Monster Rally’s latest album Return To Paradise (Gold Robot) is a gallon of adventure, if not much more, and he has created more adventures, this time of the visual variety, with a clip made for one of its songs, “Orchids”. Listening to this in a huge aluminum dome is optional.
No idea what in the world is going on in this video, but if the world as shown in this video existed, more people would want to spend time outside. You know what? Spend time outside anyway, and you can have Cracked Latin to thank for it. Their video for “Alone With You” is wacky and zany, with a bit of a bossa nova step to it.
32 years ago, Australia’s AC/DC released Back In Black, the first without vocalist Bon Scott who died in early 1980. A few months after his passing, they found a vocalist from England named Brian Johnson. Five months after Scott’s death, AC/DC released Back In Black and created what would become a hard rock and heavy metal classic, almost instantly. When you bought the album, you didn’t see the title. The words Back In Black was embossed black on black, and it was impossible to turn on a hard rock radio station and not hear a song from this album or earlier records.
Today, Richard Cheese has released a new album of lounge gems, covering not only AC/DC, but INXS, Rick James, Bob Marley, Eazy-E, Led Zeppelin, Michael Jackson, and Nirvana. The album cover not only honors the 1989 AC/DC classic, but also what he does with his comedic take on music. It is called Back In Black Tie, and was released digitally this week but will be released on compact disc very soon. With that said, Cheese’s website says Back In Black Tie will be the last album he will be released on CD, and only 1000 copies will be pressed. Once they’re gone, you’re going to have to cater to flea market bootleggers. You can find out ordering information by clicking here or order directly from LoungeMart.com.
Shawn Lee uses so many masks and costumes, it’s hard to tell if he’s trying to be the music pseudonym king or if he’s into the marquis de sade, but you can enter this album without having to have a safe word. For Reel To Reel (Ubiquity), Lee is recording once again as Shawn Lee’s Ping Pong Orchestra and if this comes off like one of those cherished library albums collectors and producers love, that was his point. You’ll hear funk, lounge… simply a mixed bag of leisure sounds that you can listen to as is or perhaps they may inspire you to create your own tracks. When you enter the realm of the Ping Pong Orchestra, you never know where inspiration may bounce next.
Reel To Reel is scheduled for release on July 17th.
The first thing that came to my mind when I heard the songs on this album was “Italian dinner music”. That’s what I think of when I hear music played this way on an accordion, and Guy Klucevsek is someone who is in tune with the instrument of his choice.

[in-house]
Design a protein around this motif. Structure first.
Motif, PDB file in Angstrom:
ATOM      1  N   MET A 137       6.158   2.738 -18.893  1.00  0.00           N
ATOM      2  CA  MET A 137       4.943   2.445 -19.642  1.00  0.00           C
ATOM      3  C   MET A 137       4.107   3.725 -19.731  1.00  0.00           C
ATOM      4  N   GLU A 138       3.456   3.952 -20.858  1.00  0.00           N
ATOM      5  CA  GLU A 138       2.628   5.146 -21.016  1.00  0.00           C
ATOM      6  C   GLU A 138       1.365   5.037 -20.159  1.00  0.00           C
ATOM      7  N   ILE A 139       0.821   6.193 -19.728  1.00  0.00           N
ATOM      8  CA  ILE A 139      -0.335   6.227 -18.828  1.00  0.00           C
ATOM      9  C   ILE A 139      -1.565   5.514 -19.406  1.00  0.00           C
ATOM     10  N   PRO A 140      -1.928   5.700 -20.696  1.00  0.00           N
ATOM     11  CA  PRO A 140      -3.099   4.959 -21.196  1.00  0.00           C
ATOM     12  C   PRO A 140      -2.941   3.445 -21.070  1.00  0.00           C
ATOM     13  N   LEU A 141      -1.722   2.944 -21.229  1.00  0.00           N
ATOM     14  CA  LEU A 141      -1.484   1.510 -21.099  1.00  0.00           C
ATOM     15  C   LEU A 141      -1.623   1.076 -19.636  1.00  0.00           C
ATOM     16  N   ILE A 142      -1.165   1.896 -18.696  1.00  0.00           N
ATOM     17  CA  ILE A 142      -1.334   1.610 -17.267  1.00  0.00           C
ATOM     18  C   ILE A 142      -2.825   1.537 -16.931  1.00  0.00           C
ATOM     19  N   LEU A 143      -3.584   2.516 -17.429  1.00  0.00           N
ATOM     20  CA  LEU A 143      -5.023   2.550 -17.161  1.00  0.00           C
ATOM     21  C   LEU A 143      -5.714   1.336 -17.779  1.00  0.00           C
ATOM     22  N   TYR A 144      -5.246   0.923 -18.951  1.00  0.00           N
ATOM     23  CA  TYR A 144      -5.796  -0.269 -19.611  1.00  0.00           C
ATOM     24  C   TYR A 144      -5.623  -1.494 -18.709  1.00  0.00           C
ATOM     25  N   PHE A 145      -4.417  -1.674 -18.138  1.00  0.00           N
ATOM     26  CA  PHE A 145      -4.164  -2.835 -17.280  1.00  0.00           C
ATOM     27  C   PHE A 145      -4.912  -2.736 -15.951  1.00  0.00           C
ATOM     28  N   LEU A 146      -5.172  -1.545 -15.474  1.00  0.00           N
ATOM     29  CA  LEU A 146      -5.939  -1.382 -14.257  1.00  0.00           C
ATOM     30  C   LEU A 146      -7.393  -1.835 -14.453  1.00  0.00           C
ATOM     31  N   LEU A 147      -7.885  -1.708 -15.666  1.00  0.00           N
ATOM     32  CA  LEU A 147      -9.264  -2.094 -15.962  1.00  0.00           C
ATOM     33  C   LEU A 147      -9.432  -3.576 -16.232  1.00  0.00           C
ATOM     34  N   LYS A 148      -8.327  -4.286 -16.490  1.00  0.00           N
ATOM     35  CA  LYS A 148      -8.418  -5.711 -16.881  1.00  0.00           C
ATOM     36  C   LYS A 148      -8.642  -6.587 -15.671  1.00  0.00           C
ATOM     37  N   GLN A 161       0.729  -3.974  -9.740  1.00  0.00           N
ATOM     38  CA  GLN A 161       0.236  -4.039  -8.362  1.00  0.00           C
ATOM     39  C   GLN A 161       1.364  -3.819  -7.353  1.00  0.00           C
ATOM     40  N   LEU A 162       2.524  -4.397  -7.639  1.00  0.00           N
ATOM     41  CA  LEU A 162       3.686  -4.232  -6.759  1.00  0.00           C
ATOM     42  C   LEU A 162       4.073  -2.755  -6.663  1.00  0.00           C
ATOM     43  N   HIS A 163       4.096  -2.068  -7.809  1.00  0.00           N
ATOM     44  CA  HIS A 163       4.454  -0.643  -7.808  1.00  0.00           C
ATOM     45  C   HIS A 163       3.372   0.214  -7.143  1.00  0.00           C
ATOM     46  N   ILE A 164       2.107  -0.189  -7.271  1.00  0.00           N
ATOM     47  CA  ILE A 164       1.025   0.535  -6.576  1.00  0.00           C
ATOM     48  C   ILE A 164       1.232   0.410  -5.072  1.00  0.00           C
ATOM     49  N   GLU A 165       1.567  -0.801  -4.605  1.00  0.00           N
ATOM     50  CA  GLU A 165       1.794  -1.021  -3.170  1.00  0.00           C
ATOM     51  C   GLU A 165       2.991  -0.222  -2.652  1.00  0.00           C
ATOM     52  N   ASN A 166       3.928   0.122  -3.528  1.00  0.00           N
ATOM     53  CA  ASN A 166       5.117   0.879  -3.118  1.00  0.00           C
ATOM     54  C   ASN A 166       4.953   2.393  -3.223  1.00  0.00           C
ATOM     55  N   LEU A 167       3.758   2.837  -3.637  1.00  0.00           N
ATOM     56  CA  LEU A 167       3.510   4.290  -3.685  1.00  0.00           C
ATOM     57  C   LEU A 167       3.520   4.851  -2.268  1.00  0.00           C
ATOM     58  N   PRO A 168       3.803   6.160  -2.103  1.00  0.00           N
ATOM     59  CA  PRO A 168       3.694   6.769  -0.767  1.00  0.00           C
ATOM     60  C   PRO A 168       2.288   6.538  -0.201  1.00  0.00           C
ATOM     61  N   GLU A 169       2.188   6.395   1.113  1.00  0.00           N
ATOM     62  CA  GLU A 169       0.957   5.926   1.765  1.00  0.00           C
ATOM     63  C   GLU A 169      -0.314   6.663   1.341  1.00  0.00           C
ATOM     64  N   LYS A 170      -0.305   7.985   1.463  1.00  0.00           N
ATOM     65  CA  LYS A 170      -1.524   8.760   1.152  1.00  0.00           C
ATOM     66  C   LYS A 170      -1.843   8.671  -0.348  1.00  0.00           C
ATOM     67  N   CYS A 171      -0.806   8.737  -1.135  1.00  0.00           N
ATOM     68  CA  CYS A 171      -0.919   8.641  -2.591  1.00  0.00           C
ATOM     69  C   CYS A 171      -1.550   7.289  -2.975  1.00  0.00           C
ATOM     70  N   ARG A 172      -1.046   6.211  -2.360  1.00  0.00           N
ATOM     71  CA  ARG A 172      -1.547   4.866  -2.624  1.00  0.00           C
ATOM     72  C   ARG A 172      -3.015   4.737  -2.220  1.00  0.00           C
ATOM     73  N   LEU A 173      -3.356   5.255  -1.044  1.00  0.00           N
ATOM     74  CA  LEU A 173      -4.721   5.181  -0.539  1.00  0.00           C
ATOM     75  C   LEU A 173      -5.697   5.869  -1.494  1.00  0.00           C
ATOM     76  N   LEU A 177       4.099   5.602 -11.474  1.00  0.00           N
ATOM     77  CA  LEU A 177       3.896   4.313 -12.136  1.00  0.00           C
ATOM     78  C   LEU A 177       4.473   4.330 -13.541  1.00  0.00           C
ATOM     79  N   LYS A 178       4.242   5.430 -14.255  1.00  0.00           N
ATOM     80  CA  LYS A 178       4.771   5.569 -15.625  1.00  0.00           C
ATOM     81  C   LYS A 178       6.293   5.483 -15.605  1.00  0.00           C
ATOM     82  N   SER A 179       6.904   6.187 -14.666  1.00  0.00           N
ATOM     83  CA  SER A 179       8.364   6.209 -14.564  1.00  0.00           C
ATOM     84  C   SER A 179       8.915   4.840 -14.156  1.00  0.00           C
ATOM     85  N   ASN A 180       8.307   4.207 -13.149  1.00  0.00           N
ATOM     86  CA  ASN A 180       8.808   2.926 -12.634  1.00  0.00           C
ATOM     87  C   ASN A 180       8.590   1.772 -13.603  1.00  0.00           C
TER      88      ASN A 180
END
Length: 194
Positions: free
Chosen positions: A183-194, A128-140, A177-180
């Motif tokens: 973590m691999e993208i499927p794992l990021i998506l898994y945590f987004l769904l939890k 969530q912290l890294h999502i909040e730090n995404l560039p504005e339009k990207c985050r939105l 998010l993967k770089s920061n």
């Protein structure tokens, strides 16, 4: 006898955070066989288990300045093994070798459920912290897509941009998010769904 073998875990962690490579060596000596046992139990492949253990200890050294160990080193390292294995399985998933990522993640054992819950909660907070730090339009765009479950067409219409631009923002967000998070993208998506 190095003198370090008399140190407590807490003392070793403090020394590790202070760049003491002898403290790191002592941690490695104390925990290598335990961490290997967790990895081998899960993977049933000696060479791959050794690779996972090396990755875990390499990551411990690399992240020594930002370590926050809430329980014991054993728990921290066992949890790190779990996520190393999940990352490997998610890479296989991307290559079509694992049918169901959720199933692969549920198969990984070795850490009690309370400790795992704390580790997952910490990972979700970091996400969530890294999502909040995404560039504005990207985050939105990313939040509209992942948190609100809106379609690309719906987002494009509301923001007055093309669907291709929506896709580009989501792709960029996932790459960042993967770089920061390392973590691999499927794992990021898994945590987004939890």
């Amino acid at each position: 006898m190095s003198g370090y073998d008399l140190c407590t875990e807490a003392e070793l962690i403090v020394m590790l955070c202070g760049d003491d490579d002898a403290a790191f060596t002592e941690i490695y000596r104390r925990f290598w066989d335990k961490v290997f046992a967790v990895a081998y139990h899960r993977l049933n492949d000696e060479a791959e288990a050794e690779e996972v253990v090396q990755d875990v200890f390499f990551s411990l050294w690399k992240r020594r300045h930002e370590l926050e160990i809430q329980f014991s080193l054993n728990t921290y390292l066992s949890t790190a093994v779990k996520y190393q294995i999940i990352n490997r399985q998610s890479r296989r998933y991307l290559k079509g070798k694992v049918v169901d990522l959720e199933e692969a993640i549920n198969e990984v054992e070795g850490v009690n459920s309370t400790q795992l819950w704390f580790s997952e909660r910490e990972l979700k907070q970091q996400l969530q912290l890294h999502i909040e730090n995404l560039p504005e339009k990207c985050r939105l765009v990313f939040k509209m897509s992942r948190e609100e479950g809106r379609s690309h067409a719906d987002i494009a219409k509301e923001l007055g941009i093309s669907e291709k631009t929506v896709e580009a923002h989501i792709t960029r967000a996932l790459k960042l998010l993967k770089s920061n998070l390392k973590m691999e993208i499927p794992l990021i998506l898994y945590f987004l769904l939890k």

The Multiple Personality Reunion Tour (Innova) is an album that covers a lot of musical territory by doing it in a minimalistic way. There are Slovakian songs here, a song done in honor of exotica legend Martin Denny, and even a bit of classical. My unfamiliarity with this style of music might be obvious in this review, but what I did enjoy was how he played in a manner that sounded happy, romantic, and at times playful, especially in the 87 second “Gimme A Minute, Please (My Sequins Are Showing)”, which reminded me of a lot of the interesting records from the late 50′s/early 60′s that might’ve been categorized as “world”, “exotic”, or “weird”, but you bought it because it represented the kind of sounds you’d never hear on the radio.
While Klucevsek does bring in a number of musicians and singers into the proceedings, the title suggests that these are facets of him and what he enjoys playing and listening to. Let’s hope this tour goes worldwide.
Glad to see a new album by Mr. Ho’s Orchestrotica in the Book-o-sphere, definitely a welcome addition to my sonic library. Third River Rangoon (Tiki) is a low-key affair compared to their last album, as it’s not quite a proper exotica orchestra, but rather the group restrict themselves to a quartet setting, equal to the groups of Arthur Lyman and Martin Denny. In this setting you get to here more of the core of the music, the center of the groove and instrumentation that they offer. In other words, it’s one way to hear if these guys are more than just exploring this music as a novelty, and trust me when I say these guys are no joke.
The quartet in this case consists of Brian O’Neill (vibes, percussion), Jason Davis (acoustic bass), Noriko Terada (live percussion), and Geni Skendo (bass flute, c-flute), and the way the music was recorded and mixed, it sounds like those old records from the 60′s where the bands may have recorded in an aluminum dome (in fact, many exotica recordings and Hawaiian records made in Hawai’i in the 1960′s were recorded at the Hilton Hawaiian Village Dome).
Of course, Mr. Ho’s Orchestrotica probably didn’t record in any aluminum dome, but the sound in these songs have that same roomy, atmospheric sound that will make the music sound bigger and bolder than love, which was often the point of a lot of exotica and lounge music: to take you to a place unlike the one you may be in while listening to this in your hi-fi room.